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Offline vandermolen

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Re: Religion, Philosophy, The divine and The Self Thread
« Reply #9 on: March 11, 2017, 01:05:31 PM »
I am generally very open minded in such matters and I do not believe that any one religion has unique access to God. I am not Religious but believe that there is a spiritual side to our existence. I'm of Jewish origin but 'married out' as did my brother who converted to Christianity. My wife goes to church regularly and I go with her sometimes. I had a very interesting discussion with a rabbi on the phone recently after I heard him talk on the BBC and who recognised people like me, in a kind of No-Man's Land for having married out but still identified with their Jewish roots. I was rubbish at learning Hebrew and had to learn my barmitzvah passage by using English phonetics.  ::)
If anything I feel closest to Taoism in my outlook on life.
"Courage is going from failure to failure without losing enthusiasm" (Churchill).

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Re: Religion, Philosophy, The divine and The Self Thread
« Reply #10 on: March 11, 2017, 05:02:07 PM »
Who knows, but maybe it's trying to overcome the cynicism in continuing to improve (like we all lack) as a human being?
If you lose the cynicism, then all hope is lost for you.  >:D
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Offline aleazk

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Re: Religion, Philosophy, The divine and The Self Thread
« Reply #11 on: March 11, 2017, 06:42:49 PM »
Lol... remember that NZ bus driver-wild pig hunter-half maori half scotish i told you before?...

Well, he also ranted about people that read books all day, university students that don't know anything about life, they don't even know what a mountain is in peson; i will tell you i have never read a single book in my life, but i remember every single story my grandparents told me, blah, blah, blah....

And i said "yeah, true".... but i was sincere because the man had such a passion that you sided with him...

Lol.... but then he asked me "and what do you do?"

Me in a very serene way as if nothing of the above happened: "i'm a mathematical physicist at the university and currently doing a book"

 :laugh:
« Last Edit: March 11, 2017, 06:44:51 PM by aleazk »

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Re: Religion, Philosophy, The divine and The Self Thread
« Reply #12 on: March 11, 2017, 06:48:28 PM »
Something strange happened when I was on the bus a few days ago:

There was a homeless man who was just standing up on the bus, then he started preaching or lecturing everyone.
Everyone was talking (like usual in public), then he started talking and it went quiet.
He said stuff I've already heard about (selfishness, everyone is so busy, nobody knows what they're doing in life, blah blah) in a profound tone but he was saying it patronizingly but it was a surreal moment because nobody knew weather to tell him to shut up or not.

Among other things, in this 5-10 minutes, he ranted about University Students, office workers, woman working jobs, etc.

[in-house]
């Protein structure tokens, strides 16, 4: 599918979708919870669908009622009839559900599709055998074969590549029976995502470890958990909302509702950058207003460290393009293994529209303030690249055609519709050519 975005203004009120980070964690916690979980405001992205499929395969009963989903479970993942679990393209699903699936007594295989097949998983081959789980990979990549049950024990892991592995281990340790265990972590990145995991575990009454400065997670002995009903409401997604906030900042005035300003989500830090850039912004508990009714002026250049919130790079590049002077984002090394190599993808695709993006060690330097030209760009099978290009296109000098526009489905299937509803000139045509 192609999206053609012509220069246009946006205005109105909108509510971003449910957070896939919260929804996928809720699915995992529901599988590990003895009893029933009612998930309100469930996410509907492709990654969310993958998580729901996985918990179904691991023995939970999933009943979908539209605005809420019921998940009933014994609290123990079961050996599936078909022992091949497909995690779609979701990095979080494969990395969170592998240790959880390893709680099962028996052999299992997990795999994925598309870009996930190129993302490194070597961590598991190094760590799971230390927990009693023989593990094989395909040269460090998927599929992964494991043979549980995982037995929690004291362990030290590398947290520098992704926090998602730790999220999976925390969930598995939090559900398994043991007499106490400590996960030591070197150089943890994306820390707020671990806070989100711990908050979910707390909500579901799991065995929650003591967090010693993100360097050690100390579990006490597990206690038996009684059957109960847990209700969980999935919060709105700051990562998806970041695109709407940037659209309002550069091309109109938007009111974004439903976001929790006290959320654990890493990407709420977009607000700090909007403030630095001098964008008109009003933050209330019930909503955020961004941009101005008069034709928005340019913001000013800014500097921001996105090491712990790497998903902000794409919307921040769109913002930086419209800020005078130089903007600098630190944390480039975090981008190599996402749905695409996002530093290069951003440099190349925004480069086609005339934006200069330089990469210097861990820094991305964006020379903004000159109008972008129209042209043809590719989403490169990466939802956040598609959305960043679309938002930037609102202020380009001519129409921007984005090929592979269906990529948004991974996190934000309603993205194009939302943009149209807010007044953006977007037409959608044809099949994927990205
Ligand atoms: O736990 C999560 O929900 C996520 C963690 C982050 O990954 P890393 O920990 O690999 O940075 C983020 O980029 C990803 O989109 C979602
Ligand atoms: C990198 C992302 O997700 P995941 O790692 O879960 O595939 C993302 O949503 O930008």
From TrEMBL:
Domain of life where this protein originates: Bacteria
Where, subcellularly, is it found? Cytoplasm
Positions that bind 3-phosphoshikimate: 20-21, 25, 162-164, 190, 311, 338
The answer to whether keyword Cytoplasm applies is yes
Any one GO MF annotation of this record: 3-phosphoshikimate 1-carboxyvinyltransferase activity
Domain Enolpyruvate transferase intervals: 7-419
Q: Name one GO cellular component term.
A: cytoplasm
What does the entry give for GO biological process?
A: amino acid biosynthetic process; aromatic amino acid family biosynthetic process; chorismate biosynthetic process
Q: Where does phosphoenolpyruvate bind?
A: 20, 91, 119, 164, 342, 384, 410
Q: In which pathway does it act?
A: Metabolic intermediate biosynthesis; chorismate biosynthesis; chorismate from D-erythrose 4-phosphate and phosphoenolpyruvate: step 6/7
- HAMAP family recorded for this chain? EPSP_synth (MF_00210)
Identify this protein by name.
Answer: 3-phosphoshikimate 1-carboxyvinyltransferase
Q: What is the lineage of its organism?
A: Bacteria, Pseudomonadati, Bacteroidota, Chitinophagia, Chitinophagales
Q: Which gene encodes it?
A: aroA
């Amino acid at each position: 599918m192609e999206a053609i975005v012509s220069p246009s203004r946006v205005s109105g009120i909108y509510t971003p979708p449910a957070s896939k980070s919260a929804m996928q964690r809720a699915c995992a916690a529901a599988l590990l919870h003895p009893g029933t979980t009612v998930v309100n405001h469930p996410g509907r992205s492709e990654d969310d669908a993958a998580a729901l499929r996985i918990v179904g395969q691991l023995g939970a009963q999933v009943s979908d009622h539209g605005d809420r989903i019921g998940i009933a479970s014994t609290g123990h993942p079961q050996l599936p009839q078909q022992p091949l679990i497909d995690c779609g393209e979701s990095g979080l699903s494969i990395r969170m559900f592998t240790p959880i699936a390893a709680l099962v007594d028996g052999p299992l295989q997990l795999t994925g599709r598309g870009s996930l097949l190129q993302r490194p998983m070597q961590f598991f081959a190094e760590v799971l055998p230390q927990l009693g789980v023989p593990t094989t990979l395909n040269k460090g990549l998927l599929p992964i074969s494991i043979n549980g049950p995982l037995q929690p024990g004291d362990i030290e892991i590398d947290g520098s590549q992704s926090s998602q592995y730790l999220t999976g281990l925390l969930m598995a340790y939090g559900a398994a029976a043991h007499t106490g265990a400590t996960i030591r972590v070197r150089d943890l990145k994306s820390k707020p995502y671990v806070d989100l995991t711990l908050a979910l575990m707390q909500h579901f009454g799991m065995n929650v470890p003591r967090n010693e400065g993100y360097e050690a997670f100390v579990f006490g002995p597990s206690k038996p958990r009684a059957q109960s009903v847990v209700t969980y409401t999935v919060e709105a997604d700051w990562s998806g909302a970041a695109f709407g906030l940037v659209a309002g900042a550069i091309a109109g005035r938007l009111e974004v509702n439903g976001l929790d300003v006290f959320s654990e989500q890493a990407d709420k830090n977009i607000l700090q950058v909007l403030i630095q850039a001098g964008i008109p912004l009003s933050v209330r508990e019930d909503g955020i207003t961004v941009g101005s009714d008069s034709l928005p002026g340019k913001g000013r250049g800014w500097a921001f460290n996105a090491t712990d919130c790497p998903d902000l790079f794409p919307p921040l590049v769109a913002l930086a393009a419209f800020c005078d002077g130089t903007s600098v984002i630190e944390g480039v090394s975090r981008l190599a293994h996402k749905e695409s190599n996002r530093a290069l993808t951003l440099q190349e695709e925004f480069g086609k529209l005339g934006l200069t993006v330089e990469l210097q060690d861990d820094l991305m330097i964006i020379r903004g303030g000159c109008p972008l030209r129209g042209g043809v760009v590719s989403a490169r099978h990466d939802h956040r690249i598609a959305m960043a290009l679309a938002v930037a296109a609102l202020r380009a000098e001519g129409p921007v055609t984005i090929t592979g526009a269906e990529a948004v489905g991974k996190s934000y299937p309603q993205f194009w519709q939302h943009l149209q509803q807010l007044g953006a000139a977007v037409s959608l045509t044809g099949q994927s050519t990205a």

Yeah, I still don't know what to make of it  :-[

I would have just put my headphones on and tuned him out.
“I really would like to go to Marmorkirken. It was there that I heard music for the first time, and that experience is like a heavenly vision for me.” - Rued Langgaard

Offline zamyrabyrd

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Re: Religion, Philosophy, The divine and The Self Thread
« Reply #13 on: March 12, 2017, 02:13:38 AM »
I have a really hard time with organized religion, having been burnt badly by them time and again. It took a while to figure out what the technique is. They dismantle your defenses because clergy would not do such a thing like lie or cheat. This is how child abuse is carried out. 12 years ago I was physically attacked by a nun in what is supposed to be a prestigious "peace music school". This was a week after my father passed away, so one could imagine what a state I was in to begin with. I went to the Big Boss thinking he would do something. Oh yeah, he did alright, I was fired at the end of term.

One of the biggest regrets of my life was not to make a police report, for this place would not exist anymore and continue to troll funds over blatant lies. I cannot stand the money grubbing of the church in a place where it is supposed to be the repository of Christendom. Almost every large religious organization is infested with money greed. Someday I should really write a book, it is so shocking.

However, when speaking out my objections to an Anglican minister about 30 years ago, he told me that people without religion would be worse. Ay, caramba! I realized how true that was! I was an arch rebel after leaving Catholic school but got into worse messes that would have even been imaginable under some protection of the moral umbrella of the church.

I learned later that you can beat them at their own game and even take the higher moral ground. This they don't expect. It has been tried by some clergy over the millennia who were either killed outright or burned at the stake.

Getting back to the money issue, I often wondered if certain priests and ministers were lying, whether they really believed what they were preaching. One minister actually made over a million dollars over 20 years from donations to his "mission". He didn't have money however to pay the Muslim gardener a proper wage. Wow, that is GREAT witness on how Christians should advertise their faith. Instead these people are particularly moved by the con artist type who pretends to be converted, shouts "glory, halleluiah" so they write home to get more money!!!